Harry
23 Jun 2010 #38
What exactly did POLAND do in 1938/39 to stop the rise of Nazi Germany????

Does taking part in the Nazi invasion of Czechoslovakia in 1938 count?
Seanus 15 | 19,674
23 Jun 2010 #39
It was too late by 1938. Hitler was basically ready by 1936 but the extra time didn't hurt. Rumour has it that Poland knew of some of his plans. Britain certainly had key documents.
ender 5 | 398
23 Jun 2010 #40
I was raped by two big men!

Don't worry Hairy you will find gentle lover.
OP Ironside 53 | 12,450
23 Jun 2010 #41
What exactly did POLAND do in 1938/39 to stop the rise of Nazi Germany????

The Nazi Germany rise in 1933/36 so, your question is not only simple but silly, considering that Poland could avoid all this hassle consenting to German proposal of an alliance.

I'll answer it anyway - Refusing alliance with Hitler and fighting as the first country against Nazi Germany.

I think he's making some rather good points or is is okay to slander the British and expect them not to retaliate?

What point it would be? Even if sometimes he makes some sense generally he is only slandering and mocking and given that the most of the PF posters have no intimate knowledge of the Polish history and ALL the circumstances his evil twist give it appearance of the truth.

Also even if some posters use inappropriate word or expression, crux of the matter is that you cannot discus with facts, and fact is that Britain and France didn't attack Germany as they promised.

Second fact is that Poland didn't regain independence after 1945 and the rest is only silence. I think that is good that this void is filled with words and I don't think that sense of betrayal many Poles feels (passed by WWII generation ) couldn't be quenched or addressed by - you are stupid bastards and you ******* Poles deserved it all.

Which is exactly what Harry does.

That's a rather broad quote, most English people didnt even know where Poland was before WWII and to suggest otherwise is a quite rediculous.

Saying London I mean government and ruling class, not general population.

They're not going to materialise any time soon.

see above :)

Does taking part in the Nazi invasion of Czechoslovakia in 1938 count?

Yes, as it wasn't taking Part in the Nazi invasion but direct challenge to Hitler, one which he understood. The same goes for a many Czechoslovakian soldiers who often with their arms come to Poland and offered their services to Polish Army for a chance to fight against Germans. I'm sure that you know better Harry than those officers and soldiers.

Once again topic is - before WWII
isthatu2 4 | 2,694
25 Jun 2010 #42
Does taking part in the Nazi invasion of Czechoslovakia in 1938 count?

Its often puzzled me this,still not heard a comen sense answer,even from "real" historians, why was Polands attempts to grab land they saw as theirs but stolen at versailles so noble and righteous but Germanys far more sensable and well,justified claim over danzig and a road to East prussia as somthing treacherous and line in the sand time?? Just dont get that,either both claims were justified or neither was.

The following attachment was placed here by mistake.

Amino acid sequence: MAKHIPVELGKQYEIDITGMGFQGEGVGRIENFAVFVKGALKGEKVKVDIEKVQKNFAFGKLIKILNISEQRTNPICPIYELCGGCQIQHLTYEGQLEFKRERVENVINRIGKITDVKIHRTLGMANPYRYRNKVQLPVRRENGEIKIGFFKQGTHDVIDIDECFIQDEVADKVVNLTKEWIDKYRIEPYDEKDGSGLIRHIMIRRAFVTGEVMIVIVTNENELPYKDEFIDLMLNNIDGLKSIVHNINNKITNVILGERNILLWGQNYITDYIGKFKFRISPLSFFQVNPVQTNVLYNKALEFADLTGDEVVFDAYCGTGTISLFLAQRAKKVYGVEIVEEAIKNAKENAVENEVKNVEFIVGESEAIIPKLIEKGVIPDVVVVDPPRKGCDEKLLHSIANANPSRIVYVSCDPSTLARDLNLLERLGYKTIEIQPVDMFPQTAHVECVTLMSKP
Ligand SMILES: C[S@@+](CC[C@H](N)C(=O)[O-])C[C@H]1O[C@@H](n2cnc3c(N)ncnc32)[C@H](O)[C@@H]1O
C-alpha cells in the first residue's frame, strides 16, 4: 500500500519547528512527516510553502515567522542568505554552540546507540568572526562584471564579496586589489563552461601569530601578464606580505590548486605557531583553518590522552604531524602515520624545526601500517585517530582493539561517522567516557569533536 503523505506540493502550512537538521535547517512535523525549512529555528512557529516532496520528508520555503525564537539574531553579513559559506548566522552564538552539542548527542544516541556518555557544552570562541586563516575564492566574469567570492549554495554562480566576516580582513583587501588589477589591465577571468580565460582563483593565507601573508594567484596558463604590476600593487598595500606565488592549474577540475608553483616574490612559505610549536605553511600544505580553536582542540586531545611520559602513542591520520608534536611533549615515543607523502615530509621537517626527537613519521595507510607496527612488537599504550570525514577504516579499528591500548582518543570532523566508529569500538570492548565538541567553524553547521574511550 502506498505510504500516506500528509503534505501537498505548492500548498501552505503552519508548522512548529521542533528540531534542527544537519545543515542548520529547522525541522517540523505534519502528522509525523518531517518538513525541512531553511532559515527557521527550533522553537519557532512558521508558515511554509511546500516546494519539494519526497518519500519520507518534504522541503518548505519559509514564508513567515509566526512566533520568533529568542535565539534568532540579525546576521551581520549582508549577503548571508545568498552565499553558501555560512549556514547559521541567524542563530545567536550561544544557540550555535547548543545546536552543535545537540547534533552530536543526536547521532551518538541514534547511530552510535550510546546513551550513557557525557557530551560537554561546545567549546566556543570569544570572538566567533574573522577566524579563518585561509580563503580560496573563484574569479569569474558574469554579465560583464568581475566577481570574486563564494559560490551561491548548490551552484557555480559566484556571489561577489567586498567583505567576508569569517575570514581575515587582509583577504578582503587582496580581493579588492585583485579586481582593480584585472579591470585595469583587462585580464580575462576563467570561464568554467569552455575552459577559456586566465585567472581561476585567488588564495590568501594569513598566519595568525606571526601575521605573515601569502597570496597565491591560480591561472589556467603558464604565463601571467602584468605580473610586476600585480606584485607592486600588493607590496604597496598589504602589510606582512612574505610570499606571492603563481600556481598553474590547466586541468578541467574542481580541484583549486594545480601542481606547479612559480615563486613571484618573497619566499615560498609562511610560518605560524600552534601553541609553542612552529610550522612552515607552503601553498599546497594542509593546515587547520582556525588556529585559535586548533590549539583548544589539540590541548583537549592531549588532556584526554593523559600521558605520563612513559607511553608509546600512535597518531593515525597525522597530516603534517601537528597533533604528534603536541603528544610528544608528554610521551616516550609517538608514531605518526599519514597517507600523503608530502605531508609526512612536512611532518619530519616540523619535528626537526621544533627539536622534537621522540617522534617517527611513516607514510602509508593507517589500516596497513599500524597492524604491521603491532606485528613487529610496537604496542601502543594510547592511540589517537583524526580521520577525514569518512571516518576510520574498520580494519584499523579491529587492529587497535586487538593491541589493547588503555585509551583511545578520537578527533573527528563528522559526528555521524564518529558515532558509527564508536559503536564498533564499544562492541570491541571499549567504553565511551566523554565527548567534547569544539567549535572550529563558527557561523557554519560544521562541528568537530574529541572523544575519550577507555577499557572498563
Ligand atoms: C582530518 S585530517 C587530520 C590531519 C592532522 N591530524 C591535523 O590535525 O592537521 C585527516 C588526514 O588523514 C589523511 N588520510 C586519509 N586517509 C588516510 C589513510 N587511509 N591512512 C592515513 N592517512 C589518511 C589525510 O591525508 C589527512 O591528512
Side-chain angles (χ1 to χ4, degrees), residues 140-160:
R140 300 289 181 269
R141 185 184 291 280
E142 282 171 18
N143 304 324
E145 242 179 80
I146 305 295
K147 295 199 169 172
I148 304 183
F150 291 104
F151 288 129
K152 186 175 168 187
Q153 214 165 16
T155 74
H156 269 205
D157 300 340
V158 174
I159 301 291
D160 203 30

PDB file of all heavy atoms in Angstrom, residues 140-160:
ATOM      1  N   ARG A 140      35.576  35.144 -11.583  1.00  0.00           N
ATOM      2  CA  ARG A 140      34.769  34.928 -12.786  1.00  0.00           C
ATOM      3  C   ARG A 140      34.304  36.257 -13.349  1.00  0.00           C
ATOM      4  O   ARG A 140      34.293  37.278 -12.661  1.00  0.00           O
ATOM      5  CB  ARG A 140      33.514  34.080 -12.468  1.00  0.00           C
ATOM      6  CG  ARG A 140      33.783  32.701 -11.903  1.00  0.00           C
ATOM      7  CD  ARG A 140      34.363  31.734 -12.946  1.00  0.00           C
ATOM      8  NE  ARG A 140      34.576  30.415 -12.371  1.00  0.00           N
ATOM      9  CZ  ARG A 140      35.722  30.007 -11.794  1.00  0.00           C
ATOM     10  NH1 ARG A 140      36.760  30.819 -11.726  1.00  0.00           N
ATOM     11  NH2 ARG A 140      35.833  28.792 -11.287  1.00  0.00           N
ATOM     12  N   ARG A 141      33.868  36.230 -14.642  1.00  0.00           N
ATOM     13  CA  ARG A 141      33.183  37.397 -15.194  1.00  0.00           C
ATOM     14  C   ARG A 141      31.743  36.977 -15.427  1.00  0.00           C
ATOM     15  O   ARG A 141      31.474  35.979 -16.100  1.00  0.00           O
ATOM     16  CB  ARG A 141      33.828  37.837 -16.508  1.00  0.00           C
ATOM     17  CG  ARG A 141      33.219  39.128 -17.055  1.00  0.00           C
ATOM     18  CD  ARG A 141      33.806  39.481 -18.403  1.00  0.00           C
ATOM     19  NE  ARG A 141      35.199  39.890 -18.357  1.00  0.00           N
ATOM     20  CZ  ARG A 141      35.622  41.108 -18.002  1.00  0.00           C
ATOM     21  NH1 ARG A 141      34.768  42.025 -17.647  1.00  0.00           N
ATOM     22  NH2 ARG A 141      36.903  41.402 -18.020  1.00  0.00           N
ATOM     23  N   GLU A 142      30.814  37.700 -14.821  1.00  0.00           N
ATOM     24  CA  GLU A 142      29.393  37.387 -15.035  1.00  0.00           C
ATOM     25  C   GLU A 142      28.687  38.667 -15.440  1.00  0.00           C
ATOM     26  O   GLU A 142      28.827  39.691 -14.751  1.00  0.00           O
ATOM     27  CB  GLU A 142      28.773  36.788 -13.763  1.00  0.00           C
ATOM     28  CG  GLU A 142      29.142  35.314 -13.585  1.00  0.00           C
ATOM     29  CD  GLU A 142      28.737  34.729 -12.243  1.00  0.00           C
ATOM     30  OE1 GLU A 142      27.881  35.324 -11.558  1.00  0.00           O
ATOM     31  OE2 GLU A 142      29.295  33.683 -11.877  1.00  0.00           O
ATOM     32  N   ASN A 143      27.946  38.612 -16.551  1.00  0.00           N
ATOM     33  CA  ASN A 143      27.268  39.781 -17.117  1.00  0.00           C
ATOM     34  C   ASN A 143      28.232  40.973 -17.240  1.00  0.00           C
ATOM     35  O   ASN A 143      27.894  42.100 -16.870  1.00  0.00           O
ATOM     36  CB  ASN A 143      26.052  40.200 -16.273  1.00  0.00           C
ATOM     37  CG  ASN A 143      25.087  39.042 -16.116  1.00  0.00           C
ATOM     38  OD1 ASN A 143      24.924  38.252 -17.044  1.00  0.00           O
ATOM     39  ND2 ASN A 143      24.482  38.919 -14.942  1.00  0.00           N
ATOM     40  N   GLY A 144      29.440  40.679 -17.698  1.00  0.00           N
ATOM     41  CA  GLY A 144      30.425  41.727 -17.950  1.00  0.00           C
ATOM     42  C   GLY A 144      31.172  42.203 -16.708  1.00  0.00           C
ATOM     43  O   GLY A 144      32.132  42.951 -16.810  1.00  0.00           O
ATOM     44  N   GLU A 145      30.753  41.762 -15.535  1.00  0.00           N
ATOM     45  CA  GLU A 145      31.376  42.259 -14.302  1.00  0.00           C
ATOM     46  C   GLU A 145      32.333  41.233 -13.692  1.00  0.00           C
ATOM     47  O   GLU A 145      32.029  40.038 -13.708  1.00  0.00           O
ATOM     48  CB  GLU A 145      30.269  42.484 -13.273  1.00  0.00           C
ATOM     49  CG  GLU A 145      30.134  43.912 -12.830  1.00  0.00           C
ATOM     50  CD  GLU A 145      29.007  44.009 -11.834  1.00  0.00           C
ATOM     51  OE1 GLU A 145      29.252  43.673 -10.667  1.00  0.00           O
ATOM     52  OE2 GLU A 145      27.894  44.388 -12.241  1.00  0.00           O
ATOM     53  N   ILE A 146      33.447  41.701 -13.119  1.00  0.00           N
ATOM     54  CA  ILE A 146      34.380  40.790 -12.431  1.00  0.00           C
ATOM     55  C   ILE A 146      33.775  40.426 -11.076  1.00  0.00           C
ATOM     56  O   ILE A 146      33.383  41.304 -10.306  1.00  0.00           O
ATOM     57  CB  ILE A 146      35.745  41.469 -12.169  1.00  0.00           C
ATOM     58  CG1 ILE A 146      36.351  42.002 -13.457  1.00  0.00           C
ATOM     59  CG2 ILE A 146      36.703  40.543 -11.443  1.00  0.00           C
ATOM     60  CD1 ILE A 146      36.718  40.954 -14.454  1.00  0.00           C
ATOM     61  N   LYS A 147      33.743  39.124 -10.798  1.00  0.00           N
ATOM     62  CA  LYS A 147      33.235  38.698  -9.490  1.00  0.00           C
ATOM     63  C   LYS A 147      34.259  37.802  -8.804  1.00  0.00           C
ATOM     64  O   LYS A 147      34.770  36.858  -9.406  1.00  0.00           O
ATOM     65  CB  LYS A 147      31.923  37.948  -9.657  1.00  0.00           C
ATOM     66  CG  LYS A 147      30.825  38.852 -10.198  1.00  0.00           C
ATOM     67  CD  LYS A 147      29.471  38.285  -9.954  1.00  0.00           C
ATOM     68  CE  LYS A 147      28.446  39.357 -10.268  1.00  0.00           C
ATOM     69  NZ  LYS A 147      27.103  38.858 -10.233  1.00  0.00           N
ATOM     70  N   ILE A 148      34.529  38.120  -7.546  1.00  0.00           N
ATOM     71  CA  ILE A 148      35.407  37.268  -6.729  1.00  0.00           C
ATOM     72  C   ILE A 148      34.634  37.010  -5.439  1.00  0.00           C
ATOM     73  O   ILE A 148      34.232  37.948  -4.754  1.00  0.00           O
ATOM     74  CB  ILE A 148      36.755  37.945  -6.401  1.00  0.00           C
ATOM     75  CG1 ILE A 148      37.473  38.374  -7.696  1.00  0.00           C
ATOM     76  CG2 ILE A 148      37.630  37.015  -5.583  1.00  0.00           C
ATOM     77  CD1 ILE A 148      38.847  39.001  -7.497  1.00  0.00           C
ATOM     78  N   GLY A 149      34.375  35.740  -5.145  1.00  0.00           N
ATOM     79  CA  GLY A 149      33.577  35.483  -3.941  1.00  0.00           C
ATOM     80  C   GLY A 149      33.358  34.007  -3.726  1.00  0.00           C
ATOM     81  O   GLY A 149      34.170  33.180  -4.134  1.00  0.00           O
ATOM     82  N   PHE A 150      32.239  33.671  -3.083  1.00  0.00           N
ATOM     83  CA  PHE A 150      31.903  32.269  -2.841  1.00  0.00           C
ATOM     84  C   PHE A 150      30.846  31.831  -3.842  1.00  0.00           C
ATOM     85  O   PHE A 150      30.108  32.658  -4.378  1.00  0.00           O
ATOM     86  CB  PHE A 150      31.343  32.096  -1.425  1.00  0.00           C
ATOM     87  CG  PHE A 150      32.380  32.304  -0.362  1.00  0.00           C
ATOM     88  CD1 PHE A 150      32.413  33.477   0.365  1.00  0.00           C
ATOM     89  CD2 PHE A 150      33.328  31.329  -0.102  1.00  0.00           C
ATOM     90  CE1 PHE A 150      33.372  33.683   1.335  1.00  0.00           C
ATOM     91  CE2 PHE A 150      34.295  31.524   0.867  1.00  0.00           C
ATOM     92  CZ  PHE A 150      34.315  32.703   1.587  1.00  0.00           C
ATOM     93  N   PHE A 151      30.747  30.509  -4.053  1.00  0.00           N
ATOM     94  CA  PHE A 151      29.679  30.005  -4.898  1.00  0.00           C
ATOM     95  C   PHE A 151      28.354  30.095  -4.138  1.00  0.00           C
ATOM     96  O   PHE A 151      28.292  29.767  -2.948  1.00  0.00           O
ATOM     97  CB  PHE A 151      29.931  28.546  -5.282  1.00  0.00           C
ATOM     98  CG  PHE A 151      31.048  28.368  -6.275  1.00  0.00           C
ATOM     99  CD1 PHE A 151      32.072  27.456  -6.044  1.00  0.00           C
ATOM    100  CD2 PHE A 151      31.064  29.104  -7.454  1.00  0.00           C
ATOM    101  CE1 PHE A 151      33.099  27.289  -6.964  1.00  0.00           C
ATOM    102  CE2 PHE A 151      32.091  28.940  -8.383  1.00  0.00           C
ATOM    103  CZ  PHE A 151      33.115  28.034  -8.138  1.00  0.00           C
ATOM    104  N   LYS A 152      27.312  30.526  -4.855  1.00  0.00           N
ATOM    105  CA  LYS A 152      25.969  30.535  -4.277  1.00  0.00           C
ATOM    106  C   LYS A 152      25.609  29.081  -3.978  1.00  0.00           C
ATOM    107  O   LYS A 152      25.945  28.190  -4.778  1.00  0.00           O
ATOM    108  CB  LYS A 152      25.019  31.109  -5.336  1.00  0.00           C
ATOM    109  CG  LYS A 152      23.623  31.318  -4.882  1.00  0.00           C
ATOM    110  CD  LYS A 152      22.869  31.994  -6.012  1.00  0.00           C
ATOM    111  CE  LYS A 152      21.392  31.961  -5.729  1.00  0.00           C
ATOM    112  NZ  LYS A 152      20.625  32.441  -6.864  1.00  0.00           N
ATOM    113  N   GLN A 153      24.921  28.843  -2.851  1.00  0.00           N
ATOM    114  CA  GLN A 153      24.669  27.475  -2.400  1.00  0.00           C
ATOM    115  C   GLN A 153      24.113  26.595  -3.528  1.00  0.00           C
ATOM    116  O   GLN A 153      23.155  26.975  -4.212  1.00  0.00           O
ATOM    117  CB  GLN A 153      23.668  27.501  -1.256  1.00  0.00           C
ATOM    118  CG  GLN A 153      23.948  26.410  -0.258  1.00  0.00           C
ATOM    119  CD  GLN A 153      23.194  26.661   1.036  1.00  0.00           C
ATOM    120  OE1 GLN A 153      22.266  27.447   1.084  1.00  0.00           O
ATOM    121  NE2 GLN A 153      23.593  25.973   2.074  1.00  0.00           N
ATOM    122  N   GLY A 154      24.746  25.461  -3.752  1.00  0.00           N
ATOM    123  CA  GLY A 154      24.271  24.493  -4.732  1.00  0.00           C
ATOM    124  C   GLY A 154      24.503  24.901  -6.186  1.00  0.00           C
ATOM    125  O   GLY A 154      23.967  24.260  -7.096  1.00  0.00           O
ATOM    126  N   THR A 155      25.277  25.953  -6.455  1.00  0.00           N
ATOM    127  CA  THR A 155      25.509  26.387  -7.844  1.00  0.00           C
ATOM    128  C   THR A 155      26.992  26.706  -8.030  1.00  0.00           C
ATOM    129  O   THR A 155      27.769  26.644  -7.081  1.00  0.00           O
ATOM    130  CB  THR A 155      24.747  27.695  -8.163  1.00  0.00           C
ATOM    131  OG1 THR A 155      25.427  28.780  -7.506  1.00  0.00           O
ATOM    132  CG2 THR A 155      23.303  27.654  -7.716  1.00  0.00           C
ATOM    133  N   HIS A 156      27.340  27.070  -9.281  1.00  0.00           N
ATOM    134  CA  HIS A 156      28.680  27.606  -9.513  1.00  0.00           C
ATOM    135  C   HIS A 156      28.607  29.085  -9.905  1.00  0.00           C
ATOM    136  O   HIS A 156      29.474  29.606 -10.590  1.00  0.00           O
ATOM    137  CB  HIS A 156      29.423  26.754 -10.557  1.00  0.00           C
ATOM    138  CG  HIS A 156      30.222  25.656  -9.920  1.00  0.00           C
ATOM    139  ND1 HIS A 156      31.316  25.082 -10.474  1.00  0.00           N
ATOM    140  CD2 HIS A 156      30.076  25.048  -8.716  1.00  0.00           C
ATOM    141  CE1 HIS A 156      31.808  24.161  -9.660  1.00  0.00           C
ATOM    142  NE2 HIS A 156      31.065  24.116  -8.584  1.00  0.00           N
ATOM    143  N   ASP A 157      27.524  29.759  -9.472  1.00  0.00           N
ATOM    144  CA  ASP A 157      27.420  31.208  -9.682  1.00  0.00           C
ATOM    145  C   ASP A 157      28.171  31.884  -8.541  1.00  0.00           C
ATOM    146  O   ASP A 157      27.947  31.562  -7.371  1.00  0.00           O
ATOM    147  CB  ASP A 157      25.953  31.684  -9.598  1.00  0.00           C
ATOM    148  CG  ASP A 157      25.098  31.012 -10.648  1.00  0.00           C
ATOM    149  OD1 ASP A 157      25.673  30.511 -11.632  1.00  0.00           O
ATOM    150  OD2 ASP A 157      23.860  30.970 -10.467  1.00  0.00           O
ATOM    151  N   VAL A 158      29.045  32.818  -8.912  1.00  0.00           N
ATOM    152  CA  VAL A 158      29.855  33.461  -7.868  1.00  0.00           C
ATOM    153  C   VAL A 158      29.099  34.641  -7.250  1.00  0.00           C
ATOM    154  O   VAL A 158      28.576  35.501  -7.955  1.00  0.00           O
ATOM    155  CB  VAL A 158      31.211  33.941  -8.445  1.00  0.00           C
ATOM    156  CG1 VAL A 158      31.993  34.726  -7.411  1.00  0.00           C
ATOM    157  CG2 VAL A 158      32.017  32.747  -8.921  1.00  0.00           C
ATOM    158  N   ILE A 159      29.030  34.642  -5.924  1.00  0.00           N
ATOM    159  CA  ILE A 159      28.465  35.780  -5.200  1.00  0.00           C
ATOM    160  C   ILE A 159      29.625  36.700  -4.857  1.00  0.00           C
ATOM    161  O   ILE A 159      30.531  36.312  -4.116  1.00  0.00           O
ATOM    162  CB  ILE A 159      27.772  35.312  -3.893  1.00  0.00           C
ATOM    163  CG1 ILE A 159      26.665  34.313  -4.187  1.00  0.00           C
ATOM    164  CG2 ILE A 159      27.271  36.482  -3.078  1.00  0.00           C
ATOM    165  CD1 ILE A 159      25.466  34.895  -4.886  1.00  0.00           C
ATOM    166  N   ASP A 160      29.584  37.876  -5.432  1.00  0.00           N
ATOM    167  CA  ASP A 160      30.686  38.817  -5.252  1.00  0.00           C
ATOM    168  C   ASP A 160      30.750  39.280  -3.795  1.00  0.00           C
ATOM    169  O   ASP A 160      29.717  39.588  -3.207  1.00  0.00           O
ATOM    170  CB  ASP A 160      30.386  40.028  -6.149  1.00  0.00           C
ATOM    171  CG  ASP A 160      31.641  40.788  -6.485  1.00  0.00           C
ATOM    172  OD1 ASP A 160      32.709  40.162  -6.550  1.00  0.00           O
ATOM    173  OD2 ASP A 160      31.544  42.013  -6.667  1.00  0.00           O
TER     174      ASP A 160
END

Harry
25 Jun 2010 #43
fact is that Britain and France didn't attack Germany as they promised.

No, that is the same tired old lie that Poles trot out. Find a new one.

Just dont get that,either both claims were justified or neither was.

You fail to understand that one claim was made by Germans and one was made by Poles. Poles, as anybody who has ever met any will know, are a nation that is never ever wrong.
OP Ironside 53 | 12,450
25 Jun 2010 #44
No, that is the same tired old lie that Poles trot out. Find a new one.

No, that the fact, you are just making excuses, either stop making excuses on behalf of France and Britain or provide me with a prove that Polish Government before WWII signed with said country's not an alliance but semblance of an alliance.

why was Polands attempts to grab land they saw as theirs but stolen at versailles so noble and righteous

What are you about?

but Germanys far more sensable and well,justified claim over danzig and a road to East prussia

Really? Who told you that?Hitler or Stalin ?

Just dont get

Fine, stop making presumption and simply ask!

Poles, as anybody who has ever met any will know, are a nation that is never ever wrong.

Holly-molly that exactly like you Harry!
hague1cmaeron 14 | 1,368
26 Jun 2010 #45
From a purely selfish British point of view, Hitler did not 'have to be stopped'. He saw the British as nothing but natural friends and co-rulers of the world.

You are severely deluded, Hitler would only stop if there was a Nazi puppet regime in Britain, perhaps with Oswald Mosley as leader.
Seanus 15 | 19,674
26 Jun 2010 #46